How does all of this affect the Clinton-Obama delegate showdown? For one, it opens up a reservoir of untapped delegates. Clinton is facing a nearly impossible task in her efforts to catch up Obama's delegate totals, mostly because they aren't that many more states in play. If Florida and Michigan are still out there, Clinton could hope to get a significant delegate lead out of those. In fact, this new hope that some Florida and Michigan delegates might be seated after all could be important enough to fit in Clinton's calculations of whether to stay in the race Tuesday night after the results of Ohio and Texas are known!

Sure, the best scenario for the Clinton campaign -- and that for which they have been clamoring for the past few weeks -- is that the Florida and Michigan delegates be seated according to the votes on January 15th and January 29th. That would obviously give a big boost to Clinton (in Florida, the delegate allocation out of the Jan. 29th primary is 67 for Clinton and 41 for Obama). But the Clinton campaign realizes that this is a very unlikely scenario: If Clinton does not have the votes on the convention floor to secure the nomination in the first place, it would be nearly impossible for her to get the FL and MI delegates seated.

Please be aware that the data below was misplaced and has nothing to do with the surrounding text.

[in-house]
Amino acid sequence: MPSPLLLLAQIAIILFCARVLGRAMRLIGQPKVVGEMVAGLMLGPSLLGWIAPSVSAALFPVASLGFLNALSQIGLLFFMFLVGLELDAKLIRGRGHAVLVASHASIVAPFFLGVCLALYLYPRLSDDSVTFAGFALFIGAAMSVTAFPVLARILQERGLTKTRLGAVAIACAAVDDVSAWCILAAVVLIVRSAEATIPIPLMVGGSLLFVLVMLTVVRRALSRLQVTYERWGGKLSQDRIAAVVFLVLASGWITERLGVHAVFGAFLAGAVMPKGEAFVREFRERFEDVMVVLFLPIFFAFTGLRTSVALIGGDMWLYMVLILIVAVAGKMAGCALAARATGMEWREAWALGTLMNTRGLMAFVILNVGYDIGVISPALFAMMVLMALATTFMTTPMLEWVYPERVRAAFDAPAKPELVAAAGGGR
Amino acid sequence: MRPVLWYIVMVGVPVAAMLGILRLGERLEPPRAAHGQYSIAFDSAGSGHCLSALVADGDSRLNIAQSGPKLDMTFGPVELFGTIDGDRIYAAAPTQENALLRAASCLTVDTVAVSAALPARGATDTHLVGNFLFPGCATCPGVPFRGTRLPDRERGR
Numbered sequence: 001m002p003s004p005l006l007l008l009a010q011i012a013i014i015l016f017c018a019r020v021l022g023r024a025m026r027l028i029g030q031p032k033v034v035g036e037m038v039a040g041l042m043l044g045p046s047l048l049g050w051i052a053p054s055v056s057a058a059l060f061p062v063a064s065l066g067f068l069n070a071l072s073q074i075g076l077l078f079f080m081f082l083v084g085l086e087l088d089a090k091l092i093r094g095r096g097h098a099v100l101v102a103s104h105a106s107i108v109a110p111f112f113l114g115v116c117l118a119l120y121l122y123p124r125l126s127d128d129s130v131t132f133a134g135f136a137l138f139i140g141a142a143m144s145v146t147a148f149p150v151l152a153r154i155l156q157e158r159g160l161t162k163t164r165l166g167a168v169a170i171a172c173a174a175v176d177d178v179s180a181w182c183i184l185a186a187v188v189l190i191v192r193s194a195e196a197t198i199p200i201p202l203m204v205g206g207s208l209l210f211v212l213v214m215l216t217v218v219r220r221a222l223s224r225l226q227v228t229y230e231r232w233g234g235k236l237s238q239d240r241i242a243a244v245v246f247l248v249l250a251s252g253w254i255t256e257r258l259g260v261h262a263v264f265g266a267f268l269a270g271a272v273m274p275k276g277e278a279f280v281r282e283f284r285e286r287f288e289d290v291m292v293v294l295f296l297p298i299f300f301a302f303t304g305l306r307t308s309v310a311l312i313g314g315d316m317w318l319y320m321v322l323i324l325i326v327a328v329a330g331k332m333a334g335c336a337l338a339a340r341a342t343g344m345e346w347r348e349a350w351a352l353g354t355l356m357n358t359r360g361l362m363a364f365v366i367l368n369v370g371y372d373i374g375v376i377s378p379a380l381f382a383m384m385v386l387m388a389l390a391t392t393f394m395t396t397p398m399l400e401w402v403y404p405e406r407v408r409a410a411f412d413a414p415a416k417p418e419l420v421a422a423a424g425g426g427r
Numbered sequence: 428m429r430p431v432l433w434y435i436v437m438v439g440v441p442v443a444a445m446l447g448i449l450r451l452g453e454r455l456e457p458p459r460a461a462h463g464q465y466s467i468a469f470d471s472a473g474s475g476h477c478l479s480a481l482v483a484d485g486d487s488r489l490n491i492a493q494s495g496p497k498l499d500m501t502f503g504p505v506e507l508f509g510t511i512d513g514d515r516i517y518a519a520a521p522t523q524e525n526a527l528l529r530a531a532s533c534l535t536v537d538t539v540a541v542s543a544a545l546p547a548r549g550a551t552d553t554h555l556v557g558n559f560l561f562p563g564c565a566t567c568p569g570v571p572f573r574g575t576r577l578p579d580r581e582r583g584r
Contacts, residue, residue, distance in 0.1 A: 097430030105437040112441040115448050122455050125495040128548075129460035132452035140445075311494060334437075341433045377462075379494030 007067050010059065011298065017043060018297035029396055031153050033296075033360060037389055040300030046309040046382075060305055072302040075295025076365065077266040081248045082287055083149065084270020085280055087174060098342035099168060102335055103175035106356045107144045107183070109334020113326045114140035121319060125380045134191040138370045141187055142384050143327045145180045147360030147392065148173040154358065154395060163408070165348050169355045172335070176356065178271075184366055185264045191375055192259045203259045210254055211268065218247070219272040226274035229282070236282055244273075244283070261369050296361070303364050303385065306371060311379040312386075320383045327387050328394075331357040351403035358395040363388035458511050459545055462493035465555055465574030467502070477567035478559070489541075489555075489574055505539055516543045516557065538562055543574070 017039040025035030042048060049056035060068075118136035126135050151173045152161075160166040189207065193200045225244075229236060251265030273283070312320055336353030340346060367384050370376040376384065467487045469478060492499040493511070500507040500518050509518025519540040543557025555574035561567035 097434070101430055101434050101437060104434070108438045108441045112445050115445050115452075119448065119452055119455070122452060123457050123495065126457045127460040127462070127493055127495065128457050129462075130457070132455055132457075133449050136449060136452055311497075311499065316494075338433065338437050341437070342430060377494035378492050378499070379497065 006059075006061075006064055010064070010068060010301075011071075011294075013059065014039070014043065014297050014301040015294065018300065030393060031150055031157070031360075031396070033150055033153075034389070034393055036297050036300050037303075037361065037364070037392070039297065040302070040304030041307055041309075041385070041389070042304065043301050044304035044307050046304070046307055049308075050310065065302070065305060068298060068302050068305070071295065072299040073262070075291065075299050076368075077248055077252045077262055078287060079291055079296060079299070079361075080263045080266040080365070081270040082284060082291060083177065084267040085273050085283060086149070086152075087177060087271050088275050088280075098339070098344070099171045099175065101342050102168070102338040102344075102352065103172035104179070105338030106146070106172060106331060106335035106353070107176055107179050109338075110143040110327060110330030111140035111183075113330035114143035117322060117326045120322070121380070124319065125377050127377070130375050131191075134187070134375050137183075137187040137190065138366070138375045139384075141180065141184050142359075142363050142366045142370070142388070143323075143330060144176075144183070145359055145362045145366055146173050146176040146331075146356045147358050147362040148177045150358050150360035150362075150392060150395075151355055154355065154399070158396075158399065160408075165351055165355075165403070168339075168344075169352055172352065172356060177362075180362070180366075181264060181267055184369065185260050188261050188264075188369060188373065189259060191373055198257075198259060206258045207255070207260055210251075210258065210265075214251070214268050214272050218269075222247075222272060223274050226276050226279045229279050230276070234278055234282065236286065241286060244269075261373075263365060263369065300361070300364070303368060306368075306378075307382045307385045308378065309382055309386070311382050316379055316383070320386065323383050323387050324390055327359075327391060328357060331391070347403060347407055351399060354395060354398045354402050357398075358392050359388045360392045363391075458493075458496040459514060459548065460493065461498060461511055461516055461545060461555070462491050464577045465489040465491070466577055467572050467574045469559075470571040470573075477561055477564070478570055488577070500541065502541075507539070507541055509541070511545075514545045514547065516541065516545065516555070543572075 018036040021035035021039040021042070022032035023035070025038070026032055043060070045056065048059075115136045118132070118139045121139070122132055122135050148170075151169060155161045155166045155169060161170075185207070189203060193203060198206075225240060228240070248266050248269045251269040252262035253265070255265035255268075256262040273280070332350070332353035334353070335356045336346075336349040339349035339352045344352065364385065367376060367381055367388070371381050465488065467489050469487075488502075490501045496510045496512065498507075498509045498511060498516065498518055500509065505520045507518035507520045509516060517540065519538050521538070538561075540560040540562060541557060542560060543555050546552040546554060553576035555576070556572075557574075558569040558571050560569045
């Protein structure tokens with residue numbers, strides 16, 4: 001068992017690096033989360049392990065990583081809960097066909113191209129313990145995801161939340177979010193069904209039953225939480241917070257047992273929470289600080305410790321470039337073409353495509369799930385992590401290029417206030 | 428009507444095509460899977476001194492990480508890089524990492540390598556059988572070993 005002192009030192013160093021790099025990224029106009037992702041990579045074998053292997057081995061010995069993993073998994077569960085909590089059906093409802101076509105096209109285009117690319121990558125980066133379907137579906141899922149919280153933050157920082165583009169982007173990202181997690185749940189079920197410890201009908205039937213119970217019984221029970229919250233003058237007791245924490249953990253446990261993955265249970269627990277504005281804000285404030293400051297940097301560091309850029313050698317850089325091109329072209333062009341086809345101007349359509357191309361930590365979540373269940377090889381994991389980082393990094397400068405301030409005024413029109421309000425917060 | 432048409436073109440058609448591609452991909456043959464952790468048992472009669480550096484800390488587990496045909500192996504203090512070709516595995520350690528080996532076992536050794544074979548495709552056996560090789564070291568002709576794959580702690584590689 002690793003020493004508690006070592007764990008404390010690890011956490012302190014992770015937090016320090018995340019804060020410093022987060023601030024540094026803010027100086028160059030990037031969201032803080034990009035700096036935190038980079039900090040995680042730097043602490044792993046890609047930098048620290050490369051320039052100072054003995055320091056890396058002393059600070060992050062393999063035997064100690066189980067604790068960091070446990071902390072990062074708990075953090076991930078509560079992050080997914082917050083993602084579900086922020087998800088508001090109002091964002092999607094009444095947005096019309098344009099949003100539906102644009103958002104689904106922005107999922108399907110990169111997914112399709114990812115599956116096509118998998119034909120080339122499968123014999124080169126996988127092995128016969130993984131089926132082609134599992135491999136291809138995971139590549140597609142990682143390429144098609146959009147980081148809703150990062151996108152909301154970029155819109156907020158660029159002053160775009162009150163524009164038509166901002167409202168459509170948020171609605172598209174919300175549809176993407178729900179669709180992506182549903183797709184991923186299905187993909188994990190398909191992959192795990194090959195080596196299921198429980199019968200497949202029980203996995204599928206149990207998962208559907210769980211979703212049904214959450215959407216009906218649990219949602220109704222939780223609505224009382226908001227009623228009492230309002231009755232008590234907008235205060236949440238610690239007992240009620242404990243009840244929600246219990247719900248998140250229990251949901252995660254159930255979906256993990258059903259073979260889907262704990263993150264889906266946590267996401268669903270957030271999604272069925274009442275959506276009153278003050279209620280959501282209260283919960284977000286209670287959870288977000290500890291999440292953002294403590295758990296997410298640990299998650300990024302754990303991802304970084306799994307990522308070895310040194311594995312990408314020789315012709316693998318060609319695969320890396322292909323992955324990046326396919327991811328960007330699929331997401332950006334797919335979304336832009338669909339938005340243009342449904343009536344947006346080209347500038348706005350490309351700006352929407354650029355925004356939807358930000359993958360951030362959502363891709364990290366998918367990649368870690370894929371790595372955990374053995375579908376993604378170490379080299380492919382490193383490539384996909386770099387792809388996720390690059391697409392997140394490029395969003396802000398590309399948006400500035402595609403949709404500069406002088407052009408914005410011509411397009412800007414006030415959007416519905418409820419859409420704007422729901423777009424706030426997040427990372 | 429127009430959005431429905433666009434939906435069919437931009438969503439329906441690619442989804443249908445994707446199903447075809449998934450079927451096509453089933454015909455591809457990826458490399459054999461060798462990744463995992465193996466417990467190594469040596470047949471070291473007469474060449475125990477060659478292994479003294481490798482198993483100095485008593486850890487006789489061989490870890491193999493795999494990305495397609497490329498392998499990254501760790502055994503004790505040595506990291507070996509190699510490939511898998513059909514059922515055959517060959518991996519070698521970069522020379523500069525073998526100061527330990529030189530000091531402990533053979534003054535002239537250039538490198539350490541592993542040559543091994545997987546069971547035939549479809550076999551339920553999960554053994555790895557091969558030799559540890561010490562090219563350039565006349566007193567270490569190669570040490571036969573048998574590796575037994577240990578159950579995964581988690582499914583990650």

There are four other possible scenarios: (1) Make-up primaries, (2) Make-up caucuses, (3) leaving Florida and Michigan out for good, and (4) some strange arrangement in which one part of the delegates would be selected on the basis of caucuses, and the rest would be selected on the basis of the January contests. Given Obama's significant advantage in caucuses (he won Washington's caucuses by 36% and the primary by 3%), the make-up primary scenario is the one that holds the most promise for Hillary.

One last (unrelated) note on Crist: Robert Novak is reporting that Romney allies is spreading rumors that John McCain promised Crist the VP spot in exchange for Crist's so crucial endorsement in the run-up to the Florida primary. Novak notes that there is no evidence of this whatsoever, but adds that it testifies to how angry Romney's camp still is about that endorsement that pretty much gave McCain the nomination.